Background: Meta-analyses show that small-quantity lipid-based nutrient supplements (SQ-LNSs) reduce child wasting and stunting. There is little information regarding effects on severe wasting or stunting.
Objectives: We aimed to identify the effect of SQ-LNSs on prevalence of severe wasting (weight-for-length z score < −3) and severe stunting (length-for-age z score < −3).
Methods: We conducted a 2-stage meta-analysis of individual participant data from 14 randomized controlled trials of SQ-LNSs provided to children 6–24 mo of age. We generated study-specific and subgroup estimates of SQ-LNS compared with control and pooled the estimates using fixed-effects models. We used random-effects meta-regression to examine study-level effect modifiers. In sensitivity analyses, we examined whether results differed depending on study arm inclusion criteria and types of comparisons.
Results: SQ-LNS provision led to a relative reduction of 31% in severe wasting [prevalence ratio (PR): 0.69; 95% CI: 0.55, 0.86; n = 34,373] and 17% in severe stunting (PR: 0.83; 95% CI: 0.78, 0.90; n = 36,795) at endline. Results were similar in most of the sensitivity analyses but somewhat attenuated when comparisons using passive control arms were excluded (PR: 0.74; 95% CI: 0.57, 0.96; n = 26,327 for severe wasting and PR: 0.88; 95% CI: 0.81, 0.95; n = 28,742 for severe stunting). Study-level characteristics generally did not significantly modify the effects of SQ-LNSs, but results suggested greater effects of SQ-LNSs in sites with greater burdens of wasting or stunting, or with poorer water quality or sanitation.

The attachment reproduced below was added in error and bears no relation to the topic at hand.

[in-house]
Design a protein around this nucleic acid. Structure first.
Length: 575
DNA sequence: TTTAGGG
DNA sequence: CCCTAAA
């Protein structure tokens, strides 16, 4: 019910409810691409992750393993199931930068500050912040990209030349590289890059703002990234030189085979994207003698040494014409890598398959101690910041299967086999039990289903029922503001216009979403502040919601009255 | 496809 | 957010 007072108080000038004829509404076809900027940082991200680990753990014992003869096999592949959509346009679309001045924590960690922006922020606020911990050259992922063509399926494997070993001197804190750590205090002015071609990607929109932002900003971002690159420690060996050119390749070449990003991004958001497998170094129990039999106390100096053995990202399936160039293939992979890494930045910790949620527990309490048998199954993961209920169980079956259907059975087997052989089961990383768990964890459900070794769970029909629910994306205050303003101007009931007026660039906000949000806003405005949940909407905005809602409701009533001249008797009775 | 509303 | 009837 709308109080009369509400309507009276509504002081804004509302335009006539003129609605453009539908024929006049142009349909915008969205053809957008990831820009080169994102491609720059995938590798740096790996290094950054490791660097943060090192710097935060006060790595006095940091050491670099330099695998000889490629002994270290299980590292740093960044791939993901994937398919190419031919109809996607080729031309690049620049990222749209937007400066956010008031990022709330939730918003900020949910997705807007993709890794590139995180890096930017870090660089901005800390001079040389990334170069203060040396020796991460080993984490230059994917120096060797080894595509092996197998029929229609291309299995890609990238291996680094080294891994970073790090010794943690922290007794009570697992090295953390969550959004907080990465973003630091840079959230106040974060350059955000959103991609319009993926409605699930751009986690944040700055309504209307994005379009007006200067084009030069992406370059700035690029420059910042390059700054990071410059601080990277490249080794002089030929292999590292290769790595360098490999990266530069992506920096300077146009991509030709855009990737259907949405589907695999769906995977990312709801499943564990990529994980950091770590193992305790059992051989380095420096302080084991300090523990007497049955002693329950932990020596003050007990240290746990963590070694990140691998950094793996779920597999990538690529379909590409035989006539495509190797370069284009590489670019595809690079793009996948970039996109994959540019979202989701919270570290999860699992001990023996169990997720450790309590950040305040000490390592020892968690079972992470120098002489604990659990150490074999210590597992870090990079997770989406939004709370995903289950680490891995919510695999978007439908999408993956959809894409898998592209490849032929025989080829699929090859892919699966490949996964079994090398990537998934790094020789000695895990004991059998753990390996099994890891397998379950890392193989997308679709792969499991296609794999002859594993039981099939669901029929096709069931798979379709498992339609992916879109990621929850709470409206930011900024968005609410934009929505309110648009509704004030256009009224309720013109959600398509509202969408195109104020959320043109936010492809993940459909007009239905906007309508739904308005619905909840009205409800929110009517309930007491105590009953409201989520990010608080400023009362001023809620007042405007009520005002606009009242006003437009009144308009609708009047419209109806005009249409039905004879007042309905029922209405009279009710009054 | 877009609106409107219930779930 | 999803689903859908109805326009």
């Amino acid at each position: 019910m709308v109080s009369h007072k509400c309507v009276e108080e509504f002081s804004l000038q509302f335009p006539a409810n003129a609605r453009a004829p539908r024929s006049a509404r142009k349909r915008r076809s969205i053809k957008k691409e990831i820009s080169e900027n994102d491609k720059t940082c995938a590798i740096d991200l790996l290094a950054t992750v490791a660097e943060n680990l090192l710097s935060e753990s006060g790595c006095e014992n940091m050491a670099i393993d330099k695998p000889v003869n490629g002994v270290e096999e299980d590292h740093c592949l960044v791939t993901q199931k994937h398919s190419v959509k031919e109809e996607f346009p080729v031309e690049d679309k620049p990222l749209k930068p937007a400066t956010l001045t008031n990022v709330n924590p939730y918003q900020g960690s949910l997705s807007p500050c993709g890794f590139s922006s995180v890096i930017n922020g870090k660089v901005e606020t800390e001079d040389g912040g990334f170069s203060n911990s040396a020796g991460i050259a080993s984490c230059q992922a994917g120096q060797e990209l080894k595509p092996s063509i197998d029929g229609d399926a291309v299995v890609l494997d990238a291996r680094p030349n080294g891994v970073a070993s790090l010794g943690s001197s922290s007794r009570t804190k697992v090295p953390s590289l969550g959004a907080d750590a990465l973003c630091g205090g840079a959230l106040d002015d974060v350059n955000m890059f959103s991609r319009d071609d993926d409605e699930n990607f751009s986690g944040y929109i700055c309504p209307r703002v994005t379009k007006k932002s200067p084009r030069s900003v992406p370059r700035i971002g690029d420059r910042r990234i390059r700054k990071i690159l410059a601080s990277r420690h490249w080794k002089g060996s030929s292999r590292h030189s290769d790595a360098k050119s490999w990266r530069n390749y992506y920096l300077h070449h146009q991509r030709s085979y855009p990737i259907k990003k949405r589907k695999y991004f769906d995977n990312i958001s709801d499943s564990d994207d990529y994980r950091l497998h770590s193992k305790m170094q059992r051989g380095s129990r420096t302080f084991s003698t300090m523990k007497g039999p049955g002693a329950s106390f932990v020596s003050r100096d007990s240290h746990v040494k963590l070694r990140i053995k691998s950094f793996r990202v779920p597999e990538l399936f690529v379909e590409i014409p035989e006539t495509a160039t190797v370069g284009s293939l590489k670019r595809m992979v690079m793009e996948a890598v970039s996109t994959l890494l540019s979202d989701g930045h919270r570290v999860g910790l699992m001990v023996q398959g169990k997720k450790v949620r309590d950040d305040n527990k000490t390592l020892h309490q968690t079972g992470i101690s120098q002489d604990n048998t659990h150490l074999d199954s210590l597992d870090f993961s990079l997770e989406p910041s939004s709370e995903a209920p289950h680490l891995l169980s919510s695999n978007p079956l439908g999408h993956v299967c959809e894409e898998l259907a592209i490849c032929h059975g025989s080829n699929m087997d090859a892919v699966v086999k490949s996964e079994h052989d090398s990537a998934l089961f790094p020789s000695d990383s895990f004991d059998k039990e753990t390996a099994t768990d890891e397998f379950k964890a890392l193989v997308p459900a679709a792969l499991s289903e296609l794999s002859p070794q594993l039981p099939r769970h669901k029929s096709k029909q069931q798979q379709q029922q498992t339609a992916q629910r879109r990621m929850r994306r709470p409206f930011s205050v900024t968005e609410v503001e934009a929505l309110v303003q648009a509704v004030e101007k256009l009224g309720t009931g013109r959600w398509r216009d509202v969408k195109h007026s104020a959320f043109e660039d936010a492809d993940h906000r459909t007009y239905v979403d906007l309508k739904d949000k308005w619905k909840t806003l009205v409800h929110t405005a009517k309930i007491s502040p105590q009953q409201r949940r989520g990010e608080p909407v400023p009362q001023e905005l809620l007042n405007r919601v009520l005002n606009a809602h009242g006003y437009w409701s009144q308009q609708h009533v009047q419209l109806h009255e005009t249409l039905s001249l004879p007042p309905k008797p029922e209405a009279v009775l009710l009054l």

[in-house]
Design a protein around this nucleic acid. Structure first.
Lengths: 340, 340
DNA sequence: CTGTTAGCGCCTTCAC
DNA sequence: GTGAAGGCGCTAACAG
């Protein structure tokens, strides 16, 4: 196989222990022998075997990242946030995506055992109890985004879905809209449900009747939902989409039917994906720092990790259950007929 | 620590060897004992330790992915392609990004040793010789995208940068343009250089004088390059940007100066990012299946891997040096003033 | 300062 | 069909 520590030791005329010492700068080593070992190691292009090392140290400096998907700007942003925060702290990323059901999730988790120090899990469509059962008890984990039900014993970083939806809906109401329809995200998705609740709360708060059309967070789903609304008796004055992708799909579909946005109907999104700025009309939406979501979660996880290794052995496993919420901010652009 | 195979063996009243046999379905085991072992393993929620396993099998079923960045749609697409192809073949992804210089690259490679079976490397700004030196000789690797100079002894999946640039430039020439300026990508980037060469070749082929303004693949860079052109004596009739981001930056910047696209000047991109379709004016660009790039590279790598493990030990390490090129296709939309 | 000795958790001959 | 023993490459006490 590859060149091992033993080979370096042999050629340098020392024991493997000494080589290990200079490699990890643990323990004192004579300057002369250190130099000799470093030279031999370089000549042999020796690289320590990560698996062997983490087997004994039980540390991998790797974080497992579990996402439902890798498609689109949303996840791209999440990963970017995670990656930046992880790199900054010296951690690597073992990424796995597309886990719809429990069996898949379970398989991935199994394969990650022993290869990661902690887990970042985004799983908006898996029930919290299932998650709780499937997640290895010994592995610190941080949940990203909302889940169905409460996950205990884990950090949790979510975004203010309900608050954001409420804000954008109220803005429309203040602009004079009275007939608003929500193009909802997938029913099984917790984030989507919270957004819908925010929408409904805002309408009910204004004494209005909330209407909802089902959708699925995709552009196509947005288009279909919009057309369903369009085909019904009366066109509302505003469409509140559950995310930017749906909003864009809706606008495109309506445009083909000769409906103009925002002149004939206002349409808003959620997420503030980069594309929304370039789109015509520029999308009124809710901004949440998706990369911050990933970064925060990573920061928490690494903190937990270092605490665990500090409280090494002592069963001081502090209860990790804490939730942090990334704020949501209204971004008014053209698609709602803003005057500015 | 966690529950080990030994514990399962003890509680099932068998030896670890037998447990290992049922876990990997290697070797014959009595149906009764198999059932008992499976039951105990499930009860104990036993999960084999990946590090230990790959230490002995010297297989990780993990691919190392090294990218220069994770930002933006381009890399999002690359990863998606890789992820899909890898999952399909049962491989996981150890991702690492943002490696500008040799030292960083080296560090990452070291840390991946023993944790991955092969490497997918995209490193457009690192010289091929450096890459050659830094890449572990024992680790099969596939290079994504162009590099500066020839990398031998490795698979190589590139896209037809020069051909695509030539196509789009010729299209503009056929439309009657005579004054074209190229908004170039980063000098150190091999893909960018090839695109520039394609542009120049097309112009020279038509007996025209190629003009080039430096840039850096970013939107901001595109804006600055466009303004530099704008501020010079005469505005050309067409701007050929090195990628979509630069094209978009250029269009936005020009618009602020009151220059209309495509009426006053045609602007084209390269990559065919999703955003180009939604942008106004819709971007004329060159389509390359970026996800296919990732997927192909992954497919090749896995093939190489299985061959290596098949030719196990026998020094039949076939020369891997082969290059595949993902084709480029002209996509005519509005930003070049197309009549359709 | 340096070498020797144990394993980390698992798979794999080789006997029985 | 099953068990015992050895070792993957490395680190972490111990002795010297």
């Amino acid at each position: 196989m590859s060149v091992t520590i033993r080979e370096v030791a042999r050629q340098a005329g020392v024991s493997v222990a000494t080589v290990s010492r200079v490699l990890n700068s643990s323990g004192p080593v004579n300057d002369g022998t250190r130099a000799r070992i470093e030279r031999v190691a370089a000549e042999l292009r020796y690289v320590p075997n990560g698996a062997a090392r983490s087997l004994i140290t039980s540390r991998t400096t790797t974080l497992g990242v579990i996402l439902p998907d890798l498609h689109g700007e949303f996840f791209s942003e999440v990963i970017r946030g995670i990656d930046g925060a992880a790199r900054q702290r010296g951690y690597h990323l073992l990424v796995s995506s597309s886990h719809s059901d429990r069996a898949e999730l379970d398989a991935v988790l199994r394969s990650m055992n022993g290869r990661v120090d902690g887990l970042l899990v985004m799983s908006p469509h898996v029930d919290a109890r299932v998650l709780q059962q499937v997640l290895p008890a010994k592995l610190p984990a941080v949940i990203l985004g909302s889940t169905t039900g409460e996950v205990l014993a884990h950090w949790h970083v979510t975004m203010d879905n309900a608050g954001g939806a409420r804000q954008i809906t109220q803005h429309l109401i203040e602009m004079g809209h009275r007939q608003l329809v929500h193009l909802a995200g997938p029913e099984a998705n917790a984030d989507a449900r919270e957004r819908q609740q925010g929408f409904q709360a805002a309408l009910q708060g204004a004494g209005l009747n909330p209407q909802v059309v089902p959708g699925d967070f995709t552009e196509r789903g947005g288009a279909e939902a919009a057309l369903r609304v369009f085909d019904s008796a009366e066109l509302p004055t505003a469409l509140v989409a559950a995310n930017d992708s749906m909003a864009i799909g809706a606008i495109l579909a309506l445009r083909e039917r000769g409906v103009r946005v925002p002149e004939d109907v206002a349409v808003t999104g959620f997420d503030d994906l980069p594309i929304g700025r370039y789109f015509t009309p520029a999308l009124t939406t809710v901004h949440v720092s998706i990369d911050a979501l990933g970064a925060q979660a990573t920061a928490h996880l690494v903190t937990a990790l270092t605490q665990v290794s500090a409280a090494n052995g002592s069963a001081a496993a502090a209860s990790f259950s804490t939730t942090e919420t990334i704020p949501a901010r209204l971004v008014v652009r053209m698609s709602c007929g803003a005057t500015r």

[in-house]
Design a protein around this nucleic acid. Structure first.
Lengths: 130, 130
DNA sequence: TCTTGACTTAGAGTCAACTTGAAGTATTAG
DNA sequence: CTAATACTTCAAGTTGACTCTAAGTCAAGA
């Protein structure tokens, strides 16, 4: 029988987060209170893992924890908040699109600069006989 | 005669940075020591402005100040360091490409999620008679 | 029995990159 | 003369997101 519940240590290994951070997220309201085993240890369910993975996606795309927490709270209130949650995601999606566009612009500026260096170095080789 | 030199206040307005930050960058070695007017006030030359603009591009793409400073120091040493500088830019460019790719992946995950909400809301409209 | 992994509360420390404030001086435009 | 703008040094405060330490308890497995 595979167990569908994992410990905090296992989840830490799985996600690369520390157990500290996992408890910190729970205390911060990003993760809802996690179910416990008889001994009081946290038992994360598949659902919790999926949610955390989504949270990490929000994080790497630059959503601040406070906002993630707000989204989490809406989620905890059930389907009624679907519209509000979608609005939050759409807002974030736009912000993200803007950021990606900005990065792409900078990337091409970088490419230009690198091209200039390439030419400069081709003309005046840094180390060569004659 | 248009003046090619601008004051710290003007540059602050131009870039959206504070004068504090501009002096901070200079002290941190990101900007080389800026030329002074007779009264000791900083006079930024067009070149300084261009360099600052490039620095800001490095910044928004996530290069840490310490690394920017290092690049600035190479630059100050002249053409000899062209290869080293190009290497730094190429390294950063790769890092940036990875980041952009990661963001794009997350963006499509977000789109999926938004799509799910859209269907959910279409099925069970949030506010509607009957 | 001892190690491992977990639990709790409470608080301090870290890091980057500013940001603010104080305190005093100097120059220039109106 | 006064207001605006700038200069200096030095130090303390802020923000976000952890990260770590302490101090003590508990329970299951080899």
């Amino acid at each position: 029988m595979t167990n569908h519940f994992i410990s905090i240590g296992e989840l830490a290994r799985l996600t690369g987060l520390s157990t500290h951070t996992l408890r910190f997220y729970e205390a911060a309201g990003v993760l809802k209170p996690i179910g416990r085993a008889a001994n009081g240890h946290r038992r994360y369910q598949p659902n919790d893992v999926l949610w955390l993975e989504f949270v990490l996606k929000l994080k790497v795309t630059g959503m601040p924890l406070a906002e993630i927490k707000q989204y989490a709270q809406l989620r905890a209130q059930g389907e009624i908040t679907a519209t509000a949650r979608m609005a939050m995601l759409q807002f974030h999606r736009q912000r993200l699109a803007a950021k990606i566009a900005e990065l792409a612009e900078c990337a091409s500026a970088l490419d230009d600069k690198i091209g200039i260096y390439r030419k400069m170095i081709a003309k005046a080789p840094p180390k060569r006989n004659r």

Conclusions: Including SQ-LNSs in preventive interventions to promote healthy child growth and development is likely to reduce rates of severe wasting and stunting.